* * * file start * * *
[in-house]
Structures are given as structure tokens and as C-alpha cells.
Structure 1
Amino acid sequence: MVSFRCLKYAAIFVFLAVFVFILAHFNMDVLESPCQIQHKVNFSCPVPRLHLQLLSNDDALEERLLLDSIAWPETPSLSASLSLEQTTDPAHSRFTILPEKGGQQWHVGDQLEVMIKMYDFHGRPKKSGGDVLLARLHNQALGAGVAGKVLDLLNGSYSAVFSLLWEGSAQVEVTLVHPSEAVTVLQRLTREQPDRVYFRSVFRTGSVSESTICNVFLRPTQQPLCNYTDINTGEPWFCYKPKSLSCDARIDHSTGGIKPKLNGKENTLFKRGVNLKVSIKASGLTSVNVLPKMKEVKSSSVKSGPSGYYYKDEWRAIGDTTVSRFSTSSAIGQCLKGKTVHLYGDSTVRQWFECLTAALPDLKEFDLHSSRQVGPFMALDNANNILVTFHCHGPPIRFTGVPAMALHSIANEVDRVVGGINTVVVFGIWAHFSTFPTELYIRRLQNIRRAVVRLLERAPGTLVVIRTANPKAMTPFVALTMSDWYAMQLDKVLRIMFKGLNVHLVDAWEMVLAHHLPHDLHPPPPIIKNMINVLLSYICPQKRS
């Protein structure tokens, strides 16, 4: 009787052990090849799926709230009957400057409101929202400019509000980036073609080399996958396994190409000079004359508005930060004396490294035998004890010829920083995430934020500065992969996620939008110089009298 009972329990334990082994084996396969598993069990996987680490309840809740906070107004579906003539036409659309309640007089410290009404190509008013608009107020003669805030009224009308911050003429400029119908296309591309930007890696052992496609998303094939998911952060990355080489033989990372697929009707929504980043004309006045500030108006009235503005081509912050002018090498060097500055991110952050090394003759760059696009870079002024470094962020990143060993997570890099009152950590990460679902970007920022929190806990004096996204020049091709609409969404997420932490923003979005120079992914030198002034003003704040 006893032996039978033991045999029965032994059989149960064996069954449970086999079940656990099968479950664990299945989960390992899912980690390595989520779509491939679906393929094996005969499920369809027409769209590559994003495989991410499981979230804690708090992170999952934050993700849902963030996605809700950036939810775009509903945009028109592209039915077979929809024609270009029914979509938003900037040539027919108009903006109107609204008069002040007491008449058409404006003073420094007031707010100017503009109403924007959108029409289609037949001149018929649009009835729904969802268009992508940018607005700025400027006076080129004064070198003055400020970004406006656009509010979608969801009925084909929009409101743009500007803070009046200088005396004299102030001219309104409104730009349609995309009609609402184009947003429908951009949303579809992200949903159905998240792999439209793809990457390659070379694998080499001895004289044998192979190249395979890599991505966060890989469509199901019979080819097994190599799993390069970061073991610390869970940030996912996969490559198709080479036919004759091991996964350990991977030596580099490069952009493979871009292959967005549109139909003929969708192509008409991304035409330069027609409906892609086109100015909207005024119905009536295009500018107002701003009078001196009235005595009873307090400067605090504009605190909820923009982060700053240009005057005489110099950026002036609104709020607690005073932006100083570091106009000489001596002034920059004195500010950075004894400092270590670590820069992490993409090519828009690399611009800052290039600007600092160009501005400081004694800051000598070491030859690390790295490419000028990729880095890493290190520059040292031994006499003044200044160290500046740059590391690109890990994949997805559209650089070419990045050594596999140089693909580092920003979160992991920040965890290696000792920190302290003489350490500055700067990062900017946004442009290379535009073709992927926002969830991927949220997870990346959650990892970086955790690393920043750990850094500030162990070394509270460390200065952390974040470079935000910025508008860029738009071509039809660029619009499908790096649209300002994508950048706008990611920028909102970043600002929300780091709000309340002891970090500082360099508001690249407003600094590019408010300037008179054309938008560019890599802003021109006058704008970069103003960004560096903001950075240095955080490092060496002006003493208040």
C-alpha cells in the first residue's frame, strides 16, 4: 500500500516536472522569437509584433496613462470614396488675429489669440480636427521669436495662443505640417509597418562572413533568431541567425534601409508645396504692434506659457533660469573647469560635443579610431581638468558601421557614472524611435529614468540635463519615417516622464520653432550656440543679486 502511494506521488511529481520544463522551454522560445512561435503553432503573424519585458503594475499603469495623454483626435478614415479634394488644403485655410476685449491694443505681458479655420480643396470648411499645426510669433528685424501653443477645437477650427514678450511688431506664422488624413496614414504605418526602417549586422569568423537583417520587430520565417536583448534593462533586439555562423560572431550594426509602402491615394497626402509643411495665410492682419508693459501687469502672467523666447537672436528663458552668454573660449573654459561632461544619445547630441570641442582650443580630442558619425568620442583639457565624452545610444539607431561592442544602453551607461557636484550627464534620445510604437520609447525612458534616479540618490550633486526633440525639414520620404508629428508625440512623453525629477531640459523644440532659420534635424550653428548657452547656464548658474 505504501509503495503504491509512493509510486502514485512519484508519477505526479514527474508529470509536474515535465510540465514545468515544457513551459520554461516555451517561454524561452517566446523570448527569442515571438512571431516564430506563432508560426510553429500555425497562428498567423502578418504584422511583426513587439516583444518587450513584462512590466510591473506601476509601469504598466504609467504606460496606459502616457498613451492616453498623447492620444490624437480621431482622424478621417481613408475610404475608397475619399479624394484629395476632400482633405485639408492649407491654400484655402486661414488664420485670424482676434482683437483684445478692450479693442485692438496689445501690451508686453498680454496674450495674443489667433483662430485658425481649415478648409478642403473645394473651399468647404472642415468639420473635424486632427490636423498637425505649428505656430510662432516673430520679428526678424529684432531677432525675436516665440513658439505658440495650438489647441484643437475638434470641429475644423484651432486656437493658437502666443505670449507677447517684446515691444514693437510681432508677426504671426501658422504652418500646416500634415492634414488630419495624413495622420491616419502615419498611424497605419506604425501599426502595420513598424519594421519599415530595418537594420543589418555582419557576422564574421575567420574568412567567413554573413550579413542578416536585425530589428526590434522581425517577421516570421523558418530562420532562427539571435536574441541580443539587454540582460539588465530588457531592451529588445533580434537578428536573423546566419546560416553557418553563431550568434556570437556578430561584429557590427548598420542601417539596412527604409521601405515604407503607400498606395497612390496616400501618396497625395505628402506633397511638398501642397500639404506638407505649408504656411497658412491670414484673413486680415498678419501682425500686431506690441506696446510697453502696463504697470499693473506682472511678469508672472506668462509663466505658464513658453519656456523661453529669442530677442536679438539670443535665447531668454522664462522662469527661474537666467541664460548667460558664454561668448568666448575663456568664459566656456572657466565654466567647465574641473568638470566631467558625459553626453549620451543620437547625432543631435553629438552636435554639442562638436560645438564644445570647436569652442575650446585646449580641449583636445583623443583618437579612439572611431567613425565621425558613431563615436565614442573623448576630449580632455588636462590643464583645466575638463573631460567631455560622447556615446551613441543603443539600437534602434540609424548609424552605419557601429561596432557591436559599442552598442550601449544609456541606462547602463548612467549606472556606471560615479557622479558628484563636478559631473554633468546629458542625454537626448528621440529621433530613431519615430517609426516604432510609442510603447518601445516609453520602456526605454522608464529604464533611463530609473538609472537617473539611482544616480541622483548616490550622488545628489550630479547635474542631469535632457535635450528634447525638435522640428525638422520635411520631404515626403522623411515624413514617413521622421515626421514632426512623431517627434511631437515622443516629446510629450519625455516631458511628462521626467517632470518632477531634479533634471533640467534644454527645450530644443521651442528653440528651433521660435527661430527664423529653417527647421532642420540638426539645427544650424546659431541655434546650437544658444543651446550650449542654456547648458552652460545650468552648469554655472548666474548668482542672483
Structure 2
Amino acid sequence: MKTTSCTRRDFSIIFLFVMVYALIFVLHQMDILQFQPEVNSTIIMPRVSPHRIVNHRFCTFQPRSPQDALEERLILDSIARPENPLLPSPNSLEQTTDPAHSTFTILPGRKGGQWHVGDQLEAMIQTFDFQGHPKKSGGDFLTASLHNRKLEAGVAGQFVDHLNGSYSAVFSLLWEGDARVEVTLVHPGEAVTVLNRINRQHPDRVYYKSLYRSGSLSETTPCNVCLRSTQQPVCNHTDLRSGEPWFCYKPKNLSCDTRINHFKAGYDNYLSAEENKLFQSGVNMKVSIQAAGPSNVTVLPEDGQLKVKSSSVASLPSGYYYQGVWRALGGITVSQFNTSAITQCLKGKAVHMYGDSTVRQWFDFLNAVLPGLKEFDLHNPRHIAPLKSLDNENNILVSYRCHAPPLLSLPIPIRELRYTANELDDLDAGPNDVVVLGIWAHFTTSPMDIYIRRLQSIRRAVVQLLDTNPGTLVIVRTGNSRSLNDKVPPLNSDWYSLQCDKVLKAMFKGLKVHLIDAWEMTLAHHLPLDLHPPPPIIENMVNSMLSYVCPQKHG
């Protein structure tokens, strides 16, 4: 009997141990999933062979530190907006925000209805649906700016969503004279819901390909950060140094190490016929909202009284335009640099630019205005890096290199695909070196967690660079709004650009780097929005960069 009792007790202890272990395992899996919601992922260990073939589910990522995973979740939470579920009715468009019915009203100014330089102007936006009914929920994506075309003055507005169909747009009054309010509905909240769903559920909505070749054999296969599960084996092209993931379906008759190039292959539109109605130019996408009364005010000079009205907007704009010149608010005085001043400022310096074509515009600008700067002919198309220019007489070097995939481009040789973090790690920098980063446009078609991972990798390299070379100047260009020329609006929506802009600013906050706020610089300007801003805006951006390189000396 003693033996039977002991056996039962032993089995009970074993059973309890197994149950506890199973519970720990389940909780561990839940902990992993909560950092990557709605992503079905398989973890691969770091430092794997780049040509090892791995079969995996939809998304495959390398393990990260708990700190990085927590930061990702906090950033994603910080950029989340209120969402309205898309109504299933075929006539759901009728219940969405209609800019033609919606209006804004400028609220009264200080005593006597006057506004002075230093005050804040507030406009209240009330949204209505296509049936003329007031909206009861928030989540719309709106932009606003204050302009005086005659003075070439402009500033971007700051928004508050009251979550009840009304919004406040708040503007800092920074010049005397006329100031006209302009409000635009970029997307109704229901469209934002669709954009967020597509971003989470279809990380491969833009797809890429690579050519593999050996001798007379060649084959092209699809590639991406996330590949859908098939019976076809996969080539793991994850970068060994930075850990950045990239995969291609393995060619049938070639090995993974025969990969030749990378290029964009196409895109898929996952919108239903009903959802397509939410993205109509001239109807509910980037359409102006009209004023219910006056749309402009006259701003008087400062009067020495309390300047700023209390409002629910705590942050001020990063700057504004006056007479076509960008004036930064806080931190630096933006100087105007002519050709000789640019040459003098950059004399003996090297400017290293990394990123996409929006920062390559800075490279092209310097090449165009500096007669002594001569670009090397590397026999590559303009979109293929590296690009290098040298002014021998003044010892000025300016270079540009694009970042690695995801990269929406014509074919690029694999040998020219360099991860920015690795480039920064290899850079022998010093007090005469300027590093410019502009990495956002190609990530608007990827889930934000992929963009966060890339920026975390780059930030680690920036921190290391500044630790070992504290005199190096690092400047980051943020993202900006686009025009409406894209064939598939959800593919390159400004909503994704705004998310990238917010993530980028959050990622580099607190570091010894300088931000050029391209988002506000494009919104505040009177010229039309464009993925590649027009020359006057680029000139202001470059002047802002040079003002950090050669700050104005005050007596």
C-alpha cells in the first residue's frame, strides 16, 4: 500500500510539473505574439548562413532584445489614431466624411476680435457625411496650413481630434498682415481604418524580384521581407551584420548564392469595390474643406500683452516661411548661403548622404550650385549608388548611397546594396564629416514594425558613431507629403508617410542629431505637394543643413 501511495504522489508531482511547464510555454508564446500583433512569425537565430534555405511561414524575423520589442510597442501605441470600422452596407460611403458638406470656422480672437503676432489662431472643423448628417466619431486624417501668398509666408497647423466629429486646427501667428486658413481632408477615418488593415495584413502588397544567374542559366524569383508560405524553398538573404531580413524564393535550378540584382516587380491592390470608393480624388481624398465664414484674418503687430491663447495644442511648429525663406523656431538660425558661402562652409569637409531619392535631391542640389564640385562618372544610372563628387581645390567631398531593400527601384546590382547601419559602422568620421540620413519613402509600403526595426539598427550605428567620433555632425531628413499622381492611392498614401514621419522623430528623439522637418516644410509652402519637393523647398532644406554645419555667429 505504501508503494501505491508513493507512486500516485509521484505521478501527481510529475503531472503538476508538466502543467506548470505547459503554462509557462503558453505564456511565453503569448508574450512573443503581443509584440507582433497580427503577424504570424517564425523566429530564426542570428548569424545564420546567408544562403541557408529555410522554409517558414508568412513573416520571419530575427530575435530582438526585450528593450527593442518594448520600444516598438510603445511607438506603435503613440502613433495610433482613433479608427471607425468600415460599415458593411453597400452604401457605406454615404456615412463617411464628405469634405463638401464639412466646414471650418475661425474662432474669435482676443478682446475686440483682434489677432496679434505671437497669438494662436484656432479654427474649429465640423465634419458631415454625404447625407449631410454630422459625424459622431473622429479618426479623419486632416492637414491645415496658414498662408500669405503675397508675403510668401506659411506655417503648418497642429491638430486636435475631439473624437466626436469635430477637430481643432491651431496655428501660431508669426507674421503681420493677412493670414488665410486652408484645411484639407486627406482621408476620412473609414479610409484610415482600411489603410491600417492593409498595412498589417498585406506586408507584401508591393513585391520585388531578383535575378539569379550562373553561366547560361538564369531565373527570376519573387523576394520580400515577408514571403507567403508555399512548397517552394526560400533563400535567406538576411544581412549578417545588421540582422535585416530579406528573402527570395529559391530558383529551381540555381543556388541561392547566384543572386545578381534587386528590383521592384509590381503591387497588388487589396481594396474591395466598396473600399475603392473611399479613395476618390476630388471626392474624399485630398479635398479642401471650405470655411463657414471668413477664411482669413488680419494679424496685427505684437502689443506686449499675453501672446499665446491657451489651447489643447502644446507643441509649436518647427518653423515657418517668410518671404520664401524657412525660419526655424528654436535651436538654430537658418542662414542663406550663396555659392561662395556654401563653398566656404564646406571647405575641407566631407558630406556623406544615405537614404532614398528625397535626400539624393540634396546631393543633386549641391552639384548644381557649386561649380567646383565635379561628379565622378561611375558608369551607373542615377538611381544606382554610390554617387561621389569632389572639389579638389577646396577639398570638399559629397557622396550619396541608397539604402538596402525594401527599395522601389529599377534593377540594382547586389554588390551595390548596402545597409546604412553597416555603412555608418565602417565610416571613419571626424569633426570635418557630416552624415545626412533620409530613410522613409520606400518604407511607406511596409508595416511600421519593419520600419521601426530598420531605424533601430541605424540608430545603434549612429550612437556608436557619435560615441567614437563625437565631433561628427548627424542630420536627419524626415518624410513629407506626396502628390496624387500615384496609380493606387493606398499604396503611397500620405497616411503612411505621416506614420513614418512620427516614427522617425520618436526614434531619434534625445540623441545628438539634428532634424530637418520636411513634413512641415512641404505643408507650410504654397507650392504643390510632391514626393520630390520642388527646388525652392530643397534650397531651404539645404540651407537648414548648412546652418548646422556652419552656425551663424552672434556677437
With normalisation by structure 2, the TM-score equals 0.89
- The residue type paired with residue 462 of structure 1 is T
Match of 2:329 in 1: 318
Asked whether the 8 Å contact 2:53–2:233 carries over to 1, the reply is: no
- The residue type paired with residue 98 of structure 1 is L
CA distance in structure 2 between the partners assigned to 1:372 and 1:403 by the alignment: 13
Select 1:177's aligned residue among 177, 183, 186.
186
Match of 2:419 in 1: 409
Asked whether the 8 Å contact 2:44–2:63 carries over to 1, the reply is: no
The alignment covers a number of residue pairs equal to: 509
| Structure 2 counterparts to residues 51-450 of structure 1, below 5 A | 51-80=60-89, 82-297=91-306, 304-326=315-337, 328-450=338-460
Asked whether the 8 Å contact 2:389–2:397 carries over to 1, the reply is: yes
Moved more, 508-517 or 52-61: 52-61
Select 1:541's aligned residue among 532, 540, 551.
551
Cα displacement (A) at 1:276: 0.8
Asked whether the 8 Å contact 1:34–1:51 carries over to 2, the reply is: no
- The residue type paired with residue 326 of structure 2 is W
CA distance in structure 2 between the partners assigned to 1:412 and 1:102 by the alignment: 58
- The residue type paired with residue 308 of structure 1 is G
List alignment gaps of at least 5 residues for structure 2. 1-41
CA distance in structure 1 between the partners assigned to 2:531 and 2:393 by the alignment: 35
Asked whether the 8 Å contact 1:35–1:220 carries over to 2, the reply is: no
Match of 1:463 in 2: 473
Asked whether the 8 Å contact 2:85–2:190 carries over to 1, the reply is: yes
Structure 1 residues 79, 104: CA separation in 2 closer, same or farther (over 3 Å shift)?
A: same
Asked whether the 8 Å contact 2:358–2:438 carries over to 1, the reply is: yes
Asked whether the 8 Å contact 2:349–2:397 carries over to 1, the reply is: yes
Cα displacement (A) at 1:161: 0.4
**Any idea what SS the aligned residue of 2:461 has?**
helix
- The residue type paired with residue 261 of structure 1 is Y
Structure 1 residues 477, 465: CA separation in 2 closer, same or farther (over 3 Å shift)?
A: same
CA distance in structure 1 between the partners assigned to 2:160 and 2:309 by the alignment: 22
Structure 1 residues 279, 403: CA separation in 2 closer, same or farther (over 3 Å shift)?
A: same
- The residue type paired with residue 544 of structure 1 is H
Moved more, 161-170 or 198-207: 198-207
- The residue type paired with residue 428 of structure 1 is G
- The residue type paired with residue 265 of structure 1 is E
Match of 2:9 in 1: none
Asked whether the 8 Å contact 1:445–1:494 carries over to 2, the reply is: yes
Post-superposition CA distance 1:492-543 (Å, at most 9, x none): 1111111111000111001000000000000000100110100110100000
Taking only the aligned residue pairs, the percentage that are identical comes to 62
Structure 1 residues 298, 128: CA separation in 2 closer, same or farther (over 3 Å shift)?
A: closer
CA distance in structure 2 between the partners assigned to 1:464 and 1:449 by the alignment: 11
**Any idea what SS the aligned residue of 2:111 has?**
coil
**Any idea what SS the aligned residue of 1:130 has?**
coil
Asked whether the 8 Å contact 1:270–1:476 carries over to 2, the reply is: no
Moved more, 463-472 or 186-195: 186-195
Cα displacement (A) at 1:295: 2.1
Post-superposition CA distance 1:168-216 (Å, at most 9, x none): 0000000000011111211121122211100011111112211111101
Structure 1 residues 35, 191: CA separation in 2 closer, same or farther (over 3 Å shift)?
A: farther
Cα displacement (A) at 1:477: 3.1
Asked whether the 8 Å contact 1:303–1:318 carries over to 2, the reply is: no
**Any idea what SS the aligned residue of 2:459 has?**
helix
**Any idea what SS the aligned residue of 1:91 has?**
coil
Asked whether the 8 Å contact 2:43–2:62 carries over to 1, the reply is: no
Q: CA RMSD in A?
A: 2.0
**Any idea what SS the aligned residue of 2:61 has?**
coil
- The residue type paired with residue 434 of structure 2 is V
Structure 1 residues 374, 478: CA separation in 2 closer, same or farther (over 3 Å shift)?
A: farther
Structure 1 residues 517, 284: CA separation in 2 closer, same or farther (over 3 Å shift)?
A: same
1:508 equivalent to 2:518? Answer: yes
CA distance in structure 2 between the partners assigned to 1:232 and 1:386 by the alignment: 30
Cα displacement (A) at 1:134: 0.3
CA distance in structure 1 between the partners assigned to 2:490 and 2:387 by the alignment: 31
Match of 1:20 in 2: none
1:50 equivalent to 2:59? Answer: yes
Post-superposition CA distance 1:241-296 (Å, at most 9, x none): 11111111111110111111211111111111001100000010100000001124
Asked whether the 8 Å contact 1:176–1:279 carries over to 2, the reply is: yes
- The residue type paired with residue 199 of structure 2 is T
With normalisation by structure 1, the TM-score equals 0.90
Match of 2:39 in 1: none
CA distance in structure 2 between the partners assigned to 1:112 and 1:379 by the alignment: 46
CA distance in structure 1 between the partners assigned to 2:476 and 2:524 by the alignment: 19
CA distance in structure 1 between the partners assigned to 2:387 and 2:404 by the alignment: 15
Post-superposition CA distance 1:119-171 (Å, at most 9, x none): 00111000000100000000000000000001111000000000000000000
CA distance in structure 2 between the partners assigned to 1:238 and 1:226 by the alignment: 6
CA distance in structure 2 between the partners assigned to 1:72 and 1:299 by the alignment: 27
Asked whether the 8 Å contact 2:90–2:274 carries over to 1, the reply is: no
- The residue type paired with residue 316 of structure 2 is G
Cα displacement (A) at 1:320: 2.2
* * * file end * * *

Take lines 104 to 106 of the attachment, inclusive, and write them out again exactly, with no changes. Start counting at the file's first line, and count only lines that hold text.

Asked whether the 8 Å contact 2:90–2:274 carries over to 1, the reply is: no
- The residue type paired with residue 316 of structure 2 is G
Cα displacement (A) at 1:320: 2.2